Recently, our sister company UBM TechInsights delivered a webinar on how it goes about doing the magic it does to uncover the secrets within semiconductors and other bits of integrated circuitry used in all the devices we’ve come to know and love.
For those not familiar with TechInsights, it’s the secret lab up in Canada where our colleagues rip open anything from cars (Chevy Volt), to refrigerators, TVs, phones, tablets, laptops, smart meters, and much more for your geek porn pleasure.
Each dismembered product is carefully analyzed by TechInsight’s engineering teams, who get to do amazingly cool things to them, like dissolving them in acid to figure out what materials they’re made of.
In fact, delayering semiconductor die is often useful for a plethora of applications - circuit reverse engineering, failure analysis, transistor characteristics measurement, circuit edit, and more.
Circuit extraction is likewise a good way to get valuable evidence of use in competing products that is difficult to find using other means – so it’s a patent lawyer’s best friend.
TechInsights’ delayering techniques involve a wide range of parameters which include effort, equipment, cost, risk and accuracy - so choosing the right process, tools, and techniques is vital.
It also, of course, requires sound knowledge of semiconductor architecture so as to be able to sketch circuit design schematics for you guys afterwards.
Indeed, TechInsights CircuitVision goes a step further and offers a highly interactive, easy to navigate view into circuit designs, as well as the physical implementation on the IC.
Hierarchical schematics demonstrate the design from the block down to gate level - all linked to the original layout, showing the extracted gates and associated interconnect.
Trust me, it’s neat. And not only is it neat, but for the first time ever, TechInsight’s is opening the kimono a bit with a webinar video overview of the delayering process as well as the tools and expertise it uses to discover how a processor was designed, formulated and built - after it was actually delivered to market.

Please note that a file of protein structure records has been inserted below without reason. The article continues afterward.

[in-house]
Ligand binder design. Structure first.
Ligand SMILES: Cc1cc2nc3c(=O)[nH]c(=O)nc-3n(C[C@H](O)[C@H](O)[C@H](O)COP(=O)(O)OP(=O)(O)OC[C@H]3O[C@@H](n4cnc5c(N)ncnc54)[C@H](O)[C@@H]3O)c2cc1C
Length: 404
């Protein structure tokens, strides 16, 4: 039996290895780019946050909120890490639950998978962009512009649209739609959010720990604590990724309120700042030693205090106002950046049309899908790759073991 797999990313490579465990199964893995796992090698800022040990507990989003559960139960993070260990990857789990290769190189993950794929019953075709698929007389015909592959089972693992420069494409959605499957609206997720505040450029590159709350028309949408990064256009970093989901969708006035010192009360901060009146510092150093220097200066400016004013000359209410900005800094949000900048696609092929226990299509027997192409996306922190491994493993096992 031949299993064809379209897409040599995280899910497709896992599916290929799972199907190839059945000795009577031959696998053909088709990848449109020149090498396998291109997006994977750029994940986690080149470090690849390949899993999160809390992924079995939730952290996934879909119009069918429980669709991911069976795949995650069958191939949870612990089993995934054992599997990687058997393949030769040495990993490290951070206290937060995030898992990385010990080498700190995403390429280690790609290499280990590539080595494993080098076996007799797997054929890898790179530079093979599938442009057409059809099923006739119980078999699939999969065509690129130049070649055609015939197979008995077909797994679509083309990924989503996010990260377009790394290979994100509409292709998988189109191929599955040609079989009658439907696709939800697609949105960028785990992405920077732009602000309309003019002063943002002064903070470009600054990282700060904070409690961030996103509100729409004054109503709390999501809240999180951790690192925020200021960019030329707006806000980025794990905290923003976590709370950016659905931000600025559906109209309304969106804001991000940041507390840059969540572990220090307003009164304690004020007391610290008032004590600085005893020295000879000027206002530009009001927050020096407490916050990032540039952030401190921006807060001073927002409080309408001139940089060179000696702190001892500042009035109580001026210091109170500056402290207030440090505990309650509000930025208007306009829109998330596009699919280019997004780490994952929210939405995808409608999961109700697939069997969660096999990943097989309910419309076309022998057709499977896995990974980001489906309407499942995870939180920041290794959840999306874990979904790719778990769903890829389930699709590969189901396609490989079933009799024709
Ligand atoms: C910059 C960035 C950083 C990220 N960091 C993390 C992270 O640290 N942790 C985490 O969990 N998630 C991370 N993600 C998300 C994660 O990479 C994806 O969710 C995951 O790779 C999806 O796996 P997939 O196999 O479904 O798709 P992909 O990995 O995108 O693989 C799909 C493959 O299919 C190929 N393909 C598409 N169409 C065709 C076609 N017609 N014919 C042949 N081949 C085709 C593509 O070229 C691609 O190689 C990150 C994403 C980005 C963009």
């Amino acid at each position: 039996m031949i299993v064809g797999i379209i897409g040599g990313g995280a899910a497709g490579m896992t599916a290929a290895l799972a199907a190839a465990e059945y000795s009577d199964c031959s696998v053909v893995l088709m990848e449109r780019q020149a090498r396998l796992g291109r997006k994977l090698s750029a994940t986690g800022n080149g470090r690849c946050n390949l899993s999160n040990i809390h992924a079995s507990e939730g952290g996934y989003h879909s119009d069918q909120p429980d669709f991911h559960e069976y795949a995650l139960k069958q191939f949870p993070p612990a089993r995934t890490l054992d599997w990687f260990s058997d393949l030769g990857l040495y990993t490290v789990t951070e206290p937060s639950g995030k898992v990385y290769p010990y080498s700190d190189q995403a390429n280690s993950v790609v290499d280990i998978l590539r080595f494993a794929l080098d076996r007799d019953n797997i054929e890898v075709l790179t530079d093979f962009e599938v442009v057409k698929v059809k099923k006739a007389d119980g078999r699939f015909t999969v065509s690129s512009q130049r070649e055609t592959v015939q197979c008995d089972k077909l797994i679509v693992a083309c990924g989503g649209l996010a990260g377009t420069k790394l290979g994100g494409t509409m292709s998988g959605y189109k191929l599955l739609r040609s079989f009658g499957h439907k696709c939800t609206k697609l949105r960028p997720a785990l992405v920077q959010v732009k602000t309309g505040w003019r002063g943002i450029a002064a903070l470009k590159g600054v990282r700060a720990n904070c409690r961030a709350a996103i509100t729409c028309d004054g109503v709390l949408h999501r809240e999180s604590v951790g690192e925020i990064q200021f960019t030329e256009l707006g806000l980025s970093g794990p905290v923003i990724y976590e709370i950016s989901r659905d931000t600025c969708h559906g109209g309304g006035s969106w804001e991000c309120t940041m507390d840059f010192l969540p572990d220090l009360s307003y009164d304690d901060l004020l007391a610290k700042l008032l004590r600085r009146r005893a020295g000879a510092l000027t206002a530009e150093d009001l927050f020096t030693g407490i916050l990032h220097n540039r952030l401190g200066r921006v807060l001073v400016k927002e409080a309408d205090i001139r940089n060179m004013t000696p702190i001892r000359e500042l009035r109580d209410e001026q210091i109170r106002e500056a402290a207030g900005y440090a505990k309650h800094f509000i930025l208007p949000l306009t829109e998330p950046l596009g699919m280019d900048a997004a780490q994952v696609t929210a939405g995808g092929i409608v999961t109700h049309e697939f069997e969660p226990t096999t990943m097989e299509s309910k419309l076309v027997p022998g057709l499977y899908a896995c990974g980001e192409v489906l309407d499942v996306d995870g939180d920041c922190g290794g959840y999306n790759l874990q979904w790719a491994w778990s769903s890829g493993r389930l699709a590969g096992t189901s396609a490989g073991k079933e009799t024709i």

You can see the presentation here. Warning there is some really heavy geek factor in here!
If you’re still not convinced, here’s a little taster of what you can expect from the video:
• Technical and IP reasons why delayering techniques are important - Technical - failure analysis, design verification, etc - IP - competitive intelligence, IP assertion
• An overview of the semiconductor process - Different constructions and materials determine complexity of delayering process
• An overview of available manual and automated delayering techniques - Pros and cons of each method must be considered to achieve desired and accurate effect
• Criteria and challenges in choosing the correct delayering technique - Costs, control, removal rates, difficult structures to maneuver, etc
• How to image the circuit results and trace signals during the delayering process - CircuitVision allows engineers to trace signals, and understand specific circuit elements and larger functional blocks on a chip
Chipworks( also from Canada ) has been a long established reverse - engineering company and always seesms to score first. Like they were the first to publish x-section of Intel finFET and showed the sloping side walls. Just last week they posted the first application of wide I/O memory in a consumer product ( Sony Vita ). And many more. Good Luck to Techinsights. The more the merrier. Let the games begin.
Oh, doesn't this bring me back memories! Part of my diploma project at uni was reverse engineering blocks of a video chip. I spent ours of etching and photographing, watching the chip doing its little striptease under the microscope. Then, putting it all together, into a circuit. Of course, back then it was mostly about look-up tables and sprites were the bee's knees. I think the minimum line width was 4-5um on the chip and I don't quite remember but I think it had one layer of metal and one layer of poly.
Back then, my "Electronic Devices" lecturer at uni was explaining to us how semiconductor physics would break down under about 1um. In any case, lithography would hit a brick wall, for sure! :-)
Now, with 11nm around the corner and talk about feature sizes down to 5nm, I think those worries were a bit premature!
David Patterson, known for his pioneering research that led to RAID, clusters and more, is part of a team at UC Berkeley that recently made its RISC-V processor architecture an open source hardware offering. We talk with Patterson and one of his colleagues behind the effort about the opportunities they see, what new kinds of designs they hope to enable and what it means for today’s commercial processor giants such as Intel, ARM and Imagination Technologies.